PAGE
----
Chairman Meadows Examines Freedom of Information and Transparency of Federal Government

Published: Feb 27, 2015

“People that have called me prior to this hearing say that on a number of occasions they feel like they just get stonewalled,Government Operations Subcommittee Chairman Mark Meadows (NC-11).

 

Chairman Meadows questions Fred Sadler, Former

FDA Freedom of Information Officer and Senior Official for Privacy

 

Congressman Thomas Massie Questions Former Director of the

Office of Government Information Services (OGIS) Miriam Nisbet

 

Miriam Nisbet: “OGIS is part of an executive branch agency. Agencies have to go through an intra and inter agency review process in order to make recommendations, particularly legislative recommendations. I can tell you that in a number of instances, that was a rather arduous process.”

Rep. Massie: “That sort of defeats the purpose of OGIS if it [recommendations to improve FOIA] has to be filtered in that way before it comes to Congress.”

Miriam Nisbet: “You said that perfectly.”

 

 

Chairman Mark Meadows’ Opening Statement

 

“Ensuring Government Transparency through FOIA Reform”

February 27, 2015

[AS DELIVERED]

 

[AS PREPARED] Transparency is the lifeblood of democracy.  If our government is truly of the people, by the people, and for the people, the American people need to know what our government is doing on their behalf.

Transparency gives our citizens the opportunity to make informed decisions and to hold accountable those in the government that will abuse or mismanage public resources.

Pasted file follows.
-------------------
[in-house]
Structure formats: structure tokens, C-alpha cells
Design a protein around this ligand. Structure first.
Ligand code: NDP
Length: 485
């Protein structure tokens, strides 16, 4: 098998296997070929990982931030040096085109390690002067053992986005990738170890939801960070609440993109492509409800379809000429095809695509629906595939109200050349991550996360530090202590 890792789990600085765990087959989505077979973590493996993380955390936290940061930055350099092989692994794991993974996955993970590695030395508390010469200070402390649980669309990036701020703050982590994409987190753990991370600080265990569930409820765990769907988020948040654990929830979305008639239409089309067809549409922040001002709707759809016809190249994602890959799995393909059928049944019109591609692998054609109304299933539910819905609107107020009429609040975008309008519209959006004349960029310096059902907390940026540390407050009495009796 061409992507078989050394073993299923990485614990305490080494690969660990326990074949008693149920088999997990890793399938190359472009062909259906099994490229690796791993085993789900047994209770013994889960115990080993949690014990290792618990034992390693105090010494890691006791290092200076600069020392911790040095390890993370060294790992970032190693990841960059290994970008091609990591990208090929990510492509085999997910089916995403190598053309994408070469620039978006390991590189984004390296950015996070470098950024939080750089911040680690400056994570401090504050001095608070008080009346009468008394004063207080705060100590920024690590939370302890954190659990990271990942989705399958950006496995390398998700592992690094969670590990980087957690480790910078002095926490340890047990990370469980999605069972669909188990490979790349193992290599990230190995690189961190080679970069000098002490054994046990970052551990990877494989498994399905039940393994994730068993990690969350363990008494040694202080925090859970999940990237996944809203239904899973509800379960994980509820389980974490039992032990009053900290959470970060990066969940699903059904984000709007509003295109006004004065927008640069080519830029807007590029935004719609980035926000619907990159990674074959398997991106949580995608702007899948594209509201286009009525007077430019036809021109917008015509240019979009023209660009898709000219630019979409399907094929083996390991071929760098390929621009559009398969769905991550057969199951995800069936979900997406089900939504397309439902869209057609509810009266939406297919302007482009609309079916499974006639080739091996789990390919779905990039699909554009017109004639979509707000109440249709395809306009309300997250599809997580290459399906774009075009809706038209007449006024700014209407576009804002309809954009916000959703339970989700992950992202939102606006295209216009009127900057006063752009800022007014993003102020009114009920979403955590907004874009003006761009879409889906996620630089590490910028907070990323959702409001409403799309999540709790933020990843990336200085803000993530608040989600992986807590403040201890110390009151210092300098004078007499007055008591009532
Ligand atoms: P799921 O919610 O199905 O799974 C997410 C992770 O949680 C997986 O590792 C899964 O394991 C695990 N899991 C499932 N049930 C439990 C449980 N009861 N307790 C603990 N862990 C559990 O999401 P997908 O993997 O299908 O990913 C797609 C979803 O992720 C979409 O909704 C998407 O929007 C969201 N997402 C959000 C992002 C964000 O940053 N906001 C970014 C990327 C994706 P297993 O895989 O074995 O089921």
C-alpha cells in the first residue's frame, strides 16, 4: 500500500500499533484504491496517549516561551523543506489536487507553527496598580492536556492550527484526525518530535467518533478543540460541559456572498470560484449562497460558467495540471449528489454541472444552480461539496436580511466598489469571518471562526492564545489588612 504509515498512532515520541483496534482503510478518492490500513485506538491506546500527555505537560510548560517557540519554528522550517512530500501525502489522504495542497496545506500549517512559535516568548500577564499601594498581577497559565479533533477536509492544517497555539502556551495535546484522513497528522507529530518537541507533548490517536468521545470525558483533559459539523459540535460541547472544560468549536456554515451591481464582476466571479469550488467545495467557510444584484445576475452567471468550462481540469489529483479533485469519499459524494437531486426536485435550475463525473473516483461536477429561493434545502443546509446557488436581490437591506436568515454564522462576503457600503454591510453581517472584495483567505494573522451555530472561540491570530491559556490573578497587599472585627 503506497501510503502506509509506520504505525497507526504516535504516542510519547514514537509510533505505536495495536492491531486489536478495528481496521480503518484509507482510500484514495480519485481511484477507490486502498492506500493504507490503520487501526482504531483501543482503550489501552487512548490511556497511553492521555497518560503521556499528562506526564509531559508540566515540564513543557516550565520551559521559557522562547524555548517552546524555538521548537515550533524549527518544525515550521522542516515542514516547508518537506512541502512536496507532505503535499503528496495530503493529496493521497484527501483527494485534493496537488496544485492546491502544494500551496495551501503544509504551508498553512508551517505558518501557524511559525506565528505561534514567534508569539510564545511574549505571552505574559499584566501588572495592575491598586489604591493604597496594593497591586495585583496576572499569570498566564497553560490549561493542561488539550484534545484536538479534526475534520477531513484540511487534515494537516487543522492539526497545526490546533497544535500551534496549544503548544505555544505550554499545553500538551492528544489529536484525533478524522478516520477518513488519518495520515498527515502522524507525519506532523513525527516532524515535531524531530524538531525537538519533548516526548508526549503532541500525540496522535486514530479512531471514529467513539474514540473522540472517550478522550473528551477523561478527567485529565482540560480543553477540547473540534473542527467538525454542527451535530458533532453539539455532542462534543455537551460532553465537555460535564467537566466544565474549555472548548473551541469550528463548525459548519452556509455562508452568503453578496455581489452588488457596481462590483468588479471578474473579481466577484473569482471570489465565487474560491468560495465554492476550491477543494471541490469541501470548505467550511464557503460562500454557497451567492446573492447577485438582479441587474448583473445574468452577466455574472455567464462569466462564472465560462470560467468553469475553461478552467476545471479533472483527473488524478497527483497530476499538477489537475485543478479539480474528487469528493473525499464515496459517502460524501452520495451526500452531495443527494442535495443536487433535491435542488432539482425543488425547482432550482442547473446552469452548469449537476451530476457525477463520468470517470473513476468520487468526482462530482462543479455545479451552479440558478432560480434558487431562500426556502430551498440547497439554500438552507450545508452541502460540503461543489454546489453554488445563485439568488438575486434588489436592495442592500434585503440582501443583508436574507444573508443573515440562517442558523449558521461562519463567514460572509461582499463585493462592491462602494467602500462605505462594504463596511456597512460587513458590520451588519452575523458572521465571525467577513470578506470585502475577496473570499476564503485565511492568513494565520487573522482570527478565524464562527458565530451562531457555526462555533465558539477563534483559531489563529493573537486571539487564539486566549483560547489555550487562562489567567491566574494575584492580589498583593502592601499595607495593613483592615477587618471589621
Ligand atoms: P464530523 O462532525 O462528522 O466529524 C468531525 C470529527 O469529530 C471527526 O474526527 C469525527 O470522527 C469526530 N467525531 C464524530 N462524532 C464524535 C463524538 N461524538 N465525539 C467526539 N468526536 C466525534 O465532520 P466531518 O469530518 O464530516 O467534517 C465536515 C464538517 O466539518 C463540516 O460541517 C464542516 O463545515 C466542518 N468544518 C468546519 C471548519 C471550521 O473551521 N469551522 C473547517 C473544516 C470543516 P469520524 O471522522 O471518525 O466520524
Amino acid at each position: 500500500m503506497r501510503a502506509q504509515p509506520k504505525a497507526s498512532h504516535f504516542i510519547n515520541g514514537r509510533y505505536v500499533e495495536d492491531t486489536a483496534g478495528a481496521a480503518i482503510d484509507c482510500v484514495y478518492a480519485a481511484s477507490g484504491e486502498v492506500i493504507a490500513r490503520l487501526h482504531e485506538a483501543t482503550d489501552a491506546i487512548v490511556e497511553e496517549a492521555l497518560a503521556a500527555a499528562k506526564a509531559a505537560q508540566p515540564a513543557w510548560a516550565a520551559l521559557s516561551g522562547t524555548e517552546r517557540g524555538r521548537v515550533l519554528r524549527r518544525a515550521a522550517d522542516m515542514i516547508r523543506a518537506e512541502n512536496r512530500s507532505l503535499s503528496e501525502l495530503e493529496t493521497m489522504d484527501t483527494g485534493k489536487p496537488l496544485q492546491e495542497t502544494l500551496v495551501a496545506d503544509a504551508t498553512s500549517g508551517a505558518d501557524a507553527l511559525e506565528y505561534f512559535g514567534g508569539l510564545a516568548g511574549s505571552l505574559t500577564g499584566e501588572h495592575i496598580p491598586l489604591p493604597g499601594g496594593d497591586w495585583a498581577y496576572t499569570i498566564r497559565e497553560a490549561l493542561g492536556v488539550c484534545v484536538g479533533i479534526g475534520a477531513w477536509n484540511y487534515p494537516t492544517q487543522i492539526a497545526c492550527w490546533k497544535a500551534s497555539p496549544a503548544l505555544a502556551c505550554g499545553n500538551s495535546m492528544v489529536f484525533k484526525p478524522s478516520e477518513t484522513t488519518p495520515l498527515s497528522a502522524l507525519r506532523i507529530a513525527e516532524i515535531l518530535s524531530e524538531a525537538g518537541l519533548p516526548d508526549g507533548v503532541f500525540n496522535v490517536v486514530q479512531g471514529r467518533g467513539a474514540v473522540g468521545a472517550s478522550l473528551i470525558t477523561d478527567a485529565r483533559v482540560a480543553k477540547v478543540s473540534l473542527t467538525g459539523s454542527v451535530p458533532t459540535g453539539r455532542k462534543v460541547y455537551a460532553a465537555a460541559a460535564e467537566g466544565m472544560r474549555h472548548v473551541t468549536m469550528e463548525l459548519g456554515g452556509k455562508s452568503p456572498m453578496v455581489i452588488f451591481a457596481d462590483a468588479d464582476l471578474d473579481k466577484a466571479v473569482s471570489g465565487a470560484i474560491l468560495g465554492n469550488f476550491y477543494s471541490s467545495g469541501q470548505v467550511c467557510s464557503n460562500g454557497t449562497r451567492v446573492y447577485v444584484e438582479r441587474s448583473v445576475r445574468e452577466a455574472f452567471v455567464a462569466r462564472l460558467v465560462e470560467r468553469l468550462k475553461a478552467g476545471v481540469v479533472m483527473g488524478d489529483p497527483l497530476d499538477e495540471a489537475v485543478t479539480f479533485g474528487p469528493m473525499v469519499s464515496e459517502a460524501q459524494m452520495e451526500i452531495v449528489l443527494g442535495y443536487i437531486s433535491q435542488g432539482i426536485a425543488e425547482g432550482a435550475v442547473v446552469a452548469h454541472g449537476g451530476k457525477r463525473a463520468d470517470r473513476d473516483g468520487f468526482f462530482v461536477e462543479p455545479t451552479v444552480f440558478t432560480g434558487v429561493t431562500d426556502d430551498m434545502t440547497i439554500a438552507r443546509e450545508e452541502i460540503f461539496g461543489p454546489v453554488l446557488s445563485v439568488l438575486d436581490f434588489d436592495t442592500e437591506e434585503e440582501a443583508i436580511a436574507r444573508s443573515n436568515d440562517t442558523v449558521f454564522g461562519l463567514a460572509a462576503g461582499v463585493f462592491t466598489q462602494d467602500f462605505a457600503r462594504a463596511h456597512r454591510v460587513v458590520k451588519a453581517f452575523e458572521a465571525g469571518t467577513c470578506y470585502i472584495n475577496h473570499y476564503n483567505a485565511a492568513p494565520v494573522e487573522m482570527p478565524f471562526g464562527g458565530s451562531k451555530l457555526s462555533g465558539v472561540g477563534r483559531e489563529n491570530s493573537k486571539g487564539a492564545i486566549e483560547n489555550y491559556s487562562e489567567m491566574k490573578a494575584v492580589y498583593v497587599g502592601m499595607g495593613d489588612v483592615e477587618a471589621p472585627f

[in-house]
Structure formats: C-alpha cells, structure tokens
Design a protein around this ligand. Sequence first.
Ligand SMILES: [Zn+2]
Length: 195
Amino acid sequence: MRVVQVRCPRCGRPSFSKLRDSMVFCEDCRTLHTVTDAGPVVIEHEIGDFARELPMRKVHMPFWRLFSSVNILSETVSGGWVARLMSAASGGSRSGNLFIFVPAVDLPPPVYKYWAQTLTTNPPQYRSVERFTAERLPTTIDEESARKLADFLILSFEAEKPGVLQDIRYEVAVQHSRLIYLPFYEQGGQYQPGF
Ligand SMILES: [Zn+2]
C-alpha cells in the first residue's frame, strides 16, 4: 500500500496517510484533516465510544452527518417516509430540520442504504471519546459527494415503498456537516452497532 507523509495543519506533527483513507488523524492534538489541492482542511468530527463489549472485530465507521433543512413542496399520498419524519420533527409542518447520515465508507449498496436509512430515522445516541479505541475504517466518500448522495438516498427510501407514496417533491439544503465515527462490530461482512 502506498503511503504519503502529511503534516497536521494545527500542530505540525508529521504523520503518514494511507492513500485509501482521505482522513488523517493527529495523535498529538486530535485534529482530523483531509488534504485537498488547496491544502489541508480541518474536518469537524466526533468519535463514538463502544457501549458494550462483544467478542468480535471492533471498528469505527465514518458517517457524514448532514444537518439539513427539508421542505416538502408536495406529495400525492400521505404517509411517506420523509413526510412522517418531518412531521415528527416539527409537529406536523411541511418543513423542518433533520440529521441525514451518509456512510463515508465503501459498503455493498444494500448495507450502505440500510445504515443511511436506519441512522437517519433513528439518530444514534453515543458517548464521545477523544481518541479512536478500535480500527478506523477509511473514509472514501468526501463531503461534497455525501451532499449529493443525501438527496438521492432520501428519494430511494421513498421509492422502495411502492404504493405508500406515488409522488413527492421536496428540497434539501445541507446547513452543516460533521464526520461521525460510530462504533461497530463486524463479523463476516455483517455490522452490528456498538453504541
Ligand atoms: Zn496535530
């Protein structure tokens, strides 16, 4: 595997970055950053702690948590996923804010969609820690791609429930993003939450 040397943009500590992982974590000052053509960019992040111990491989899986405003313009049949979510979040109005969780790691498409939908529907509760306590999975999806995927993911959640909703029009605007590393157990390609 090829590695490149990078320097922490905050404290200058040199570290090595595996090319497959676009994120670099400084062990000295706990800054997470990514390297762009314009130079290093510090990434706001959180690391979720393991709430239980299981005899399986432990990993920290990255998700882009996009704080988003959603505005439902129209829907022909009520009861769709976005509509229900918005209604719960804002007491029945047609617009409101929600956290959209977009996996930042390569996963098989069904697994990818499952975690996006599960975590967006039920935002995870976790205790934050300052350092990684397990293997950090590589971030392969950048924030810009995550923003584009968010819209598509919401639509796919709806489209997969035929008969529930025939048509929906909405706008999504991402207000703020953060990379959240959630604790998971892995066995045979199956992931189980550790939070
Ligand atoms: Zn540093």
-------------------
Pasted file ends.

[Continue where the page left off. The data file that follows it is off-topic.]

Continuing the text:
Enacted in 1966, the Freedom of Information Act is one of our foundational transparency laws.

FOIA established the presumption that federal records are accessible to the public.  Americans no longer needed to show a “need to know” to access what are essentially their own records.

This Committee, and the Government Operations Subcommittee in particular, is responsible for overseeing FOIA and ensuring that the public has access to federal records.

Under former Chairman Issa’s leadership, this Committee conducted extensive oversight of FOIA.

The work of Mr. Issa and Ranking Member Cummings culminated in a bill that passed the House unanimously a year ago this week.  Unfortunately that bill was not considered in the Senate.

This year, Mr. Issa and Mr. Cummings have introduced a similar bill, H.R. 653 the FOIA Oversight and Implementation Act.

This revised bill will establish a presumption that agencies won’t withhold documents just because they can technically find an exemption.  Instead, if agencies want to withhold documents from the public, they’ll need to show that a specific harm would result from disclosure.

Under the current administration, only 30% of all FOIA requests result in full disclosure of requested documents.  We can do better.

Today, I look forward to an interesting and helpful dialogue on FOIA and potential reforms.